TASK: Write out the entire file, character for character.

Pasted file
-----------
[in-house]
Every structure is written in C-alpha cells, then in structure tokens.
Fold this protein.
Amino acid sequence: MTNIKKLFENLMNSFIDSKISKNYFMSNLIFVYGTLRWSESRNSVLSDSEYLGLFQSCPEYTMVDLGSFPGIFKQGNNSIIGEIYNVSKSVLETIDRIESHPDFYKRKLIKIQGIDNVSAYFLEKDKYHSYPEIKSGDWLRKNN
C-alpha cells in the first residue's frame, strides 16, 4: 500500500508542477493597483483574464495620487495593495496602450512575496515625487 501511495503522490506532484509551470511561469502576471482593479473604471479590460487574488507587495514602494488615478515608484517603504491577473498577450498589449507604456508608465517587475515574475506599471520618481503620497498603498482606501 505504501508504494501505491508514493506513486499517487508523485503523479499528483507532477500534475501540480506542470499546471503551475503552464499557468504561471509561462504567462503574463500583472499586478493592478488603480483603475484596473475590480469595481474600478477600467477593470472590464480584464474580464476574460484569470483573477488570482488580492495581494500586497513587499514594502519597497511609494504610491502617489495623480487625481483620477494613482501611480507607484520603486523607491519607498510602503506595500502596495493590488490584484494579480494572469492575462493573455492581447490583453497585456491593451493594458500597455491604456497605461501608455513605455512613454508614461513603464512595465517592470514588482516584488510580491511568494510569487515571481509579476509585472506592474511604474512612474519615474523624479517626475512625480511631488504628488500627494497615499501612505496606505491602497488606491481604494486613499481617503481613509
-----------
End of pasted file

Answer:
[in-house]
Every structure is written in C-alpha cells, then in structure tokens.
Fold this protein.
Amino acid sequence: MTNIKKLFENLMNSFIDSKISKNYFMSNLIFVYGTLRWSESRNSVLSDSEYLGLFQSCPEYTMVDLGSFPGIFKQGNNSIIGEIYNVSKSVLETIDRIESHPDFYKRKLIKIQGIDNVSAYFLEKDKYHSYPEIKSGDWLRKNN
C-alpha cells in the first residue's frame, strides 16, 4: 500500500508542477493597483483574464495620487495593495496602450512575496515625487 501511495503522490506532484509551470511561469502576471482593479473604471479590460487574488507587495514602494488615478515608484517603504491577473498577450498589449507604456508608465517587475515574475506599471520618481503620497498603498482606501 505504501508504494501505491508514493506513486499517487508523485503523479499528483507532477500534475501540480506542470499546471503551475503552464499557468504561471509561462504567462503574463500583472499586478493592478488603480483603475484596473475590480469595481474600478477600467477593470472590464480584464474580464476574460484569470483573477488570482488580492495581494500586497513587499514594502519597497511609494504610491502617489495623480487625481483620477494613482501611480507607484520603486523607491519607498510602503506595500502596495493590488490584484494579480494572469492575462493573455492581447490583453497585456491593451493594458500597455491604456497605461501608455513605455512613454508614461513603464512595465517592470514588482516584488510580491511568494510569487515571481509579476509585472506592474511604474512612474519615474523624479517626475512625480511631488504628488500627494497615499501612505496606505491602497488606491481604494486613499481617503481613509